Alleyne, as a member of the media, went too far in asserting “The latest breakthrough shows that it is possible to distinguish between autistic and non-autistic children by looking at the by-products of gut bacteria and the body's digestive processes in the children's urine.” No, that’s not what this study showed. It showed that the three groups were different, but it didn’t show why and it didn’t rule out sample selection bias.

References:

(Buie et al., 2010). Buie, Timothy, Campbell, Daniel B., Fuchs, George J., III, Furuta, Glenn T., Levy, Joseph, VandeWater, Judy, Whitaker, Agnes H., Atkins, Dan, Bauman, Margaret L., Beaudet, Arthur L., Carr, Edward G., Gershon, Michael D., Hyman, Susan L., Jirapinyo, Pipop, Jyonouchi, Harumi, Kooros, Koorosh, Kushak, Rafail, Levitt, Pat, Levy, Susan E., Lewis, Jeffery D., Murray, Katherine F., Natowicz, Marvin R., Sabra, Aderbal, Wershil, Barry K., Weston, Sharon C., Zeltzer, Lonnie, Winter, Harland. Evaluation, Diagnosis, and Treatment of Gastrointestinal Disorders in Individuals With ASDs: A Consensus Report Pediatrics 2010 125: S1-S18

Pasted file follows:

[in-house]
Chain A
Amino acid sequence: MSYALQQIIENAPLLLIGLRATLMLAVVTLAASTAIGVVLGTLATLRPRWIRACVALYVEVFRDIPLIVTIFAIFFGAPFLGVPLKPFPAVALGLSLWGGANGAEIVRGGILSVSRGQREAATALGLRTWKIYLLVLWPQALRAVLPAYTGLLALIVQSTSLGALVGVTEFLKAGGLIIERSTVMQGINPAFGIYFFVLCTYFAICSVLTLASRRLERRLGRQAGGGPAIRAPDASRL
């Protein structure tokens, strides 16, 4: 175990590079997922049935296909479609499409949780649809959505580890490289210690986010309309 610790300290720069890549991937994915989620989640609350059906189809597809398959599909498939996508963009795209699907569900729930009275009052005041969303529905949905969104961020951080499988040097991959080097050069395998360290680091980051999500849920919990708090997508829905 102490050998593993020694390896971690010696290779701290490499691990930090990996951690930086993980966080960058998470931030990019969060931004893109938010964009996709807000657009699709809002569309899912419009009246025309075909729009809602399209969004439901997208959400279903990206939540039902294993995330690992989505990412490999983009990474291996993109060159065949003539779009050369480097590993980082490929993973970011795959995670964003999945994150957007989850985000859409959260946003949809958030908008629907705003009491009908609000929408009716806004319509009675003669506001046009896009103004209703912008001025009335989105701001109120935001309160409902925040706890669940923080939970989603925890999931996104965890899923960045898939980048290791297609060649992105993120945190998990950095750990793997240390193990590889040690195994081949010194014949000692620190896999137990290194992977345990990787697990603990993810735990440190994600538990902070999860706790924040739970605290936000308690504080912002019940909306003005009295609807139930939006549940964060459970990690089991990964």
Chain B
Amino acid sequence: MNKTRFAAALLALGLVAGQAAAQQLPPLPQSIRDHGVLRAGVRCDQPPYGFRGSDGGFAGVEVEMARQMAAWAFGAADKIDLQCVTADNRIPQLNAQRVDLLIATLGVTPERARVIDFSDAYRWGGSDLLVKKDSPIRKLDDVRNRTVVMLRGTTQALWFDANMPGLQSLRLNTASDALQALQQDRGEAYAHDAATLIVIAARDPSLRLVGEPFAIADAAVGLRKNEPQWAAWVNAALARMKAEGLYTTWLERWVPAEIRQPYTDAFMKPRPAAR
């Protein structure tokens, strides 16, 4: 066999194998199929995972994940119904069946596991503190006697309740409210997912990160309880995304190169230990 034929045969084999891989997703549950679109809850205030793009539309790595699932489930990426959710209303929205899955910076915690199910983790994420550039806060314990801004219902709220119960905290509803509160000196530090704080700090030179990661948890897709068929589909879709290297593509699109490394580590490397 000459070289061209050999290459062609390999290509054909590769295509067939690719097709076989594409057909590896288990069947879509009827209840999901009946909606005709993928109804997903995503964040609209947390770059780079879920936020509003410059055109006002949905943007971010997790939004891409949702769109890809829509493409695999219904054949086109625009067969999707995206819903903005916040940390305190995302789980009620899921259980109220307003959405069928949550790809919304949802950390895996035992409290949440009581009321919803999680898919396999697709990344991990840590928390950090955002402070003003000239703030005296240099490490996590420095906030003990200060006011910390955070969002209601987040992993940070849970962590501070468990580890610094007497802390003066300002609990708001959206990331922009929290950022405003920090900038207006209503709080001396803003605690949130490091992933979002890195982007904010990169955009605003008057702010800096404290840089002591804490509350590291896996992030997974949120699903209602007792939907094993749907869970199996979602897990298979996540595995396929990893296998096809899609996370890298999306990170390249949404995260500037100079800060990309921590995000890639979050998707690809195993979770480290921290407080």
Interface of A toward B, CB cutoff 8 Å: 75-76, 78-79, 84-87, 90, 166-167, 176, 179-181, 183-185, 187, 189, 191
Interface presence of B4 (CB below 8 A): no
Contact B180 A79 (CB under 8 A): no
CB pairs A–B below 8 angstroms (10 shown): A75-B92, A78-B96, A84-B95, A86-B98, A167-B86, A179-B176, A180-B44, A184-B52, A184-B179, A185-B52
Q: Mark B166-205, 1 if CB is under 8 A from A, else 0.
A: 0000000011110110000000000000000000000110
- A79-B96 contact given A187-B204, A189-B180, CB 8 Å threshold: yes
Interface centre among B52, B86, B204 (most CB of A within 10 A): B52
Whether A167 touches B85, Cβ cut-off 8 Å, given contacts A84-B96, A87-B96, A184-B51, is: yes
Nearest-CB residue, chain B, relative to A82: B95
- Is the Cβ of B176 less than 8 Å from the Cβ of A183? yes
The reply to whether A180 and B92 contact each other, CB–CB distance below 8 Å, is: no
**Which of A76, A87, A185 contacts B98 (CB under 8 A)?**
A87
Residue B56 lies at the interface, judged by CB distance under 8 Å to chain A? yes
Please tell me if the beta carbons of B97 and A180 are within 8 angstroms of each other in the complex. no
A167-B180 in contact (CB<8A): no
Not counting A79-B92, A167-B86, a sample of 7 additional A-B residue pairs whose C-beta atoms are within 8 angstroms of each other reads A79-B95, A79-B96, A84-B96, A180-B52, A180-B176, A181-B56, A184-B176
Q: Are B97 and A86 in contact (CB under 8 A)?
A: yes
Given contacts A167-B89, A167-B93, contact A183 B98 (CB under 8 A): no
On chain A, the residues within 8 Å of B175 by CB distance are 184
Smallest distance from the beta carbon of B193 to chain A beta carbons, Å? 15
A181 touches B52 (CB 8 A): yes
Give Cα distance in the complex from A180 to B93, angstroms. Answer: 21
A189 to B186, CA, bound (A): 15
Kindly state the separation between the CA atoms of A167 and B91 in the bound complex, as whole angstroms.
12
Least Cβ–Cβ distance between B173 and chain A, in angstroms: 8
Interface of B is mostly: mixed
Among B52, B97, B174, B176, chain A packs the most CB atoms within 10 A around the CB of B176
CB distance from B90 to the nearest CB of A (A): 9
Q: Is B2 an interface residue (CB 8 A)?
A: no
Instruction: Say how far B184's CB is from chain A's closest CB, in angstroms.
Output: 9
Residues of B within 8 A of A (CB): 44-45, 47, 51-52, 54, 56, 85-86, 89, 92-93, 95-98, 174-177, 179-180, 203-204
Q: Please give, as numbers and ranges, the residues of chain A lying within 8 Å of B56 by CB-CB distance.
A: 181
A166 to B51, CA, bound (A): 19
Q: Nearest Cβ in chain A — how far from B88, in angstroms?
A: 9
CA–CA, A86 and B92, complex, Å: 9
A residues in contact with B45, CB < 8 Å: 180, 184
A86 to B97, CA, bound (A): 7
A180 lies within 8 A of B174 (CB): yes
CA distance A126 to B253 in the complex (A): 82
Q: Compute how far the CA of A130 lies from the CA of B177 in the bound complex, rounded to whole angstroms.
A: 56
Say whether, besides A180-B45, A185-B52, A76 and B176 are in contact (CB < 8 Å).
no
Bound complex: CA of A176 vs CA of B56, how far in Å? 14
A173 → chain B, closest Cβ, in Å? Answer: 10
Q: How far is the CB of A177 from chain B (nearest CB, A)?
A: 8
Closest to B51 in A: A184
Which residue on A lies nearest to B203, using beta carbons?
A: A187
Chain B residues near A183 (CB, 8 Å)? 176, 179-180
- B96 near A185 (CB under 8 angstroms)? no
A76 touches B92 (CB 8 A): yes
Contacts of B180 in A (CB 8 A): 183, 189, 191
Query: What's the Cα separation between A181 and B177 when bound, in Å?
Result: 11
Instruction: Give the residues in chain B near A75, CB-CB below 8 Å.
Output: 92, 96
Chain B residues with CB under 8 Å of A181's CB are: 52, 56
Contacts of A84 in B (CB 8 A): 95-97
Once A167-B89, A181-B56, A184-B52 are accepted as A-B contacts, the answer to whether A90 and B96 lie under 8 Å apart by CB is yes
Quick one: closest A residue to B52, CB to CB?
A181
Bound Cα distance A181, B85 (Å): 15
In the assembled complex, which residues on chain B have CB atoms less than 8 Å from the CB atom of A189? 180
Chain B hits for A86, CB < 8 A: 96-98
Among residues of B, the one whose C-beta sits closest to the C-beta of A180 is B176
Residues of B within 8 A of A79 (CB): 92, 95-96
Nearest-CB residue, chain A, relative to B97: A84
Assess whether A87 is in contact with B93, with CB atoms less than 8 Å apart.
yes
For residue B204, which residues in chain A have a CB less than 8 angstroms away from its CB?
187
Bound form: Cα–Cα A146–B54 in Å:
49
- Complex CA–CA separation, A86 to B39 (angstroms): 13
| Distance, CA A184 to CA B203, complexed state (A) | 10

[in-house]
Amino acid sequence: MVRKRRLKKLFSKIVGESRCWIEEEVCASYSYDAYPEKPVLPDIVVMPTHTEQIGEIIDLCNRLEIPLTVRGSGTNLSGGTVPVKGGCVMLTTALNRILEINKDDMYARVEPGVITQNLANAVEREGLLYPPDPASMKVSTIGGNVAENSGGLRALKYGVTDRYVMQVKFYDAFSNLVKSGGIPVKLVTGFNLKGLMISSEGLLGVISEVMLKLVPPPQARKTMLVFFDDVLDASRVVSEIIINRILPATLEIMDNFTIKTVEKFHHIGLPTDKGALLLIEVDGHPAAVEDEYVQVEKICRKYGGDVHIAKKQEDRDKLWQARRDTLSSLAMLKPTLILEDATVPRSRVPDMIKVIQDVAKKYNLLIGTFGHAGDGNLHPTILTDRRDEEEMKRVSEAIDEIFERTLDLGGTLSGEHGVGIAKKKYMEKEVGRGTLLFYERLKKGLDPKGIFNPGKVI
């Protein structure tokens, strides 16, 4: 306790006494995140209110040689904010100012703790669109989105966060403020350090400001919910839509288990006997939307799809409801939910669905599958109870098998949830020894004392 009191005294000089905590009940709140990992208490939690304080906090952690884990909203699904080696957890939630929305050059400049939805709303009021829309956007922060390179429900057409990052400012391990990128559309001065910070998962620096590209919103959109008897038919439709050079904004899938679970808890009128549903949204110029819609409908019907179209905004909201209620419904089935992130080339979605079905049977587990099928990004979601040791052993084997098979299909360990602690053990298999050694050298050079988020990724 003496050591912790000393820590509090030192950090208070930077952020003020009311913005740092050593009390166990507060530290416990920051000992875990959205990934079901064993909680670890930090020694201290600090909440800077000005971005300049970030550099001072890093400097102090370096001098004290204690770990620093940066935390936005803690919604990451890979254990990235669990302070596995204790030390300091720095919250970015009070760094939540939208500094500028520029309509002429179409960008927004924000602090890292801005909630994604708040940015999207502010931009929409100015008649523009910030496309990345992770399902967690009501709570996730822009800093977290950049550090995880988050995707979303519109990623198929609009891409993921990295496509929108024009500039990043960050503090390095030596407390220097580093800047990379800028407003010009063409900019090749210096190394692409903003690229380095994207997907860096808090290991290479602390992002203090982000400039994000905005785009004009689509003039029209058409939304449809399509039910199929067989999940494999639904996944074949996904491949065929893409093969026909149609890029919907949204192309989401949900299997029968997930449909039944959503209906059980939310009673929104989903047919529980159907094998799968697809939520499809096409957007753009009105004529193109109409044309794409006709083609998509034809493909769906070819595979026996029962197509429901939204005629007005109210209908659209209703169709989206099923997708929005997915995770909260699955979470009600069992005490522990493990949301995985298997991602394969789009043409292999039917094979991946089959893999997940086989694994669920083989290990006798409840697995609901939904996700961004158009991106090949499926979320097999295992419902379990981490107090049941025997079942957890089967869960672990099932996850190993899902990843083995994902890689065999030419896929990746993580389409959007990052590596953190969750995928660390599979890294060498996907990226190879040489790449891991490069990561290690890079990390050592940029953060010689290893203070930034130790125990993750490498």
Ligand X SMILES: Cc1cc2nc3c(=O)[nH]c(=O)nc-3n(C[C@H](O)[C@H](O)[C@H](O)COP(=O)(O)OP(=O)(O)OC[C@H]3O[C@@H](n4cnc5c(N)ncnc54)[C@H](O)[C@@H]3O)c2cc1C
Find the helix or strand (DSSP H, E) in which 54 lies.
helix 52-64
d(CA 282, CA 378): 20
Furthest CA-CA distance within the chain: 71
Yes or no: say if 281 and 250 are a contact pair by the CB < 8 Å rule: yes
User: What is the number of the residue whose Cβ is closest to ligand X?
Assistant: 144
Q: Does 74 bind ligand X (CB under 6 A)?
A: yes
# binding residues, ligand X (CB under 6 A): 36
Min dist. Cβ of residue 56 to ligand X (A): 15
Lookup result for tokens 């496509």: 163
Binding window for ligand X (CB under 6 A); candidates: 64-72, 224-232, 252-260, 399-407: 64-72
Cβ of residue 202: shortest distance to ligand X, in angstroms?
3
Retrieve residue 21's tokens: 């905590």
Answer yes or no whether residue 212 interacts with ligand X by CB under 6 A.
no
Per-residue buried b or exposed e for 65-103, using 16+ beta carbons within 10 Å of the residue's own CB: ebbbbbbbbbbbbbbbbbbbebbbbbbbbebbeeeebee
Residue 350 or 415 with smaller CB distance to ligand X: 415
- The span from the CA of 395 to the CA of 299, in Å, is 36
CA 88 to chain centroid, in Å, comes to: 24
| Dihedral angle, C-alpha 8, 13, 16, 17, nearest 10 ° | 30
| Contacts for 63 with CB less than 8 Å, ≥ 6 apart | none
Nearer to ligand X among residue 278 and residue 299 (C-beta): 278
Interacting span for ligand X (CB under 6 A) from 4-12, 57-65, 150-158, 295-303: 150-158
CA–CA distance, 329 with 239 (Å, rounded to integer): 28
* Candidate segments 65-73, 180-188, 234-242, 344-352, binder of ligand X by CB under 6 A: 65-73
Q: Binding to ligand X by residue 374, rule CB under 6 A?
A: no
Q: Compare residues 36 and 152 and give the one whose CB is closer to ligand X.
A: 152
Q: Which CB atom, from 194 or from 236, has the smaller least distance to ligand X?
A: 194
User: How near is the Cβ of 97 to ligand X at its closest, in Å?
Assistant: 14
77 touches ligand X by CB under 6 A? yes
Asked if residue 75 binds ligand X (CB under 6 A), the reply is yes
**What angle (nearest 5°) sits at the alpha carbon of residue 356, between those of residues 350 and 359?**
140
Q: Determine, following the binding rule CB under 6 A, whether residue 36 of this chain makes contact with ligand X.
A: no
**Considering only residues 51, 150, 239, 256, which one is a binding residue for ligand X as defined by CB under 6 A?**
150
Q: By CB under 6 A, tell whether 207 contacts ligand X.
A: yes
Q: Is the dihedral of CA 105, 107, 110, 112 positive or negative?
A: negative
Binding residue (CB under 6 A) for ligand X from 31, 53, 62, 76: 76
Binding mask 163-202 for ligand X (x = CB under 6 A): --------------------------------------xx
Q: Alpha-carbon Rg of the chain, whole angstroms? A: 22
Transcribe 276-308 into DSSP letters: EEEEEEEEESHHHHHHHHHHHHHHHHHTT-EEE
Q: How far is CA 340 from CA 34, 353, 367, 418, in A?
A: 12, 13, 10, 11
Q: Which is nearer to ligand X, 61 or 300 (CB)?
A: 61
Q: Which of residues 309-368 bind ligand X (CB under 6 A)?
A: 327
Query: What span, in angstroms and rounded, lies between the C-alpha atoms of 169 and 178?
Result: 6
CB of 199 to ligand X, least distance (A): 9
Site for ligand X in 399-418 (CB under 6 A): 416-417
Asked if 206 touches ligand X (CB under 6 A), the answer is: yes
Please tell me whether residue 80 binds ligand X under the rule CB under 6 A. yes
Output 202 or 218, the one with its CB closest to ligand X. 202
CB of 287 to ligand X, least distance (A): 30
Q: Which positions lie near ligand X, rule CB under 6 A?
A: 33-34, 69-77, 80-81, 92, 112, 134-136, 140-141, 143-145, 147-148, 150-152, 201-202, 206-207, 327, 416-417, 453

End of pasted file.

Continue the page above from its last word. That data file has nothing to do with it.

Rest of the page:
(Ibrahim et al., 2009) Samar H. Ibrahim, Robert G. Voigt, Slavica K. Katusic, Amy L. Weaver, and William J. Barbaresi Incidence of Gastrointestinal Symptoms in Children With Autism: A Population-Based Study Pediatrics, Aug 2009; 124: 680 - 686

(Yap et al., 2010). Ivan K. S. Yap, Manya Angley, Kirill A. Veselkov, Elaine Holmes, John C. Lindon and Jeremy K. Nicholson  Urinary Metabolic Phenotyping Differentiates Children with Autism from Their Unaffected Siblings and Age-Matched Controls J. Proteome Res., 2010, 9 (6), pp 2996–3004 Publication Date (Web): March 25, 2010 (Article) DOI: 10.1021/pr901188e

An excellent breakdown of the study is here. Some of the limitations are noted:

"The research has several limitations:
  • The researchers point out that, as it is not possible to tell whether these differences indicate a cause or consequence of the disease, further research is needed in a larger group of children over time.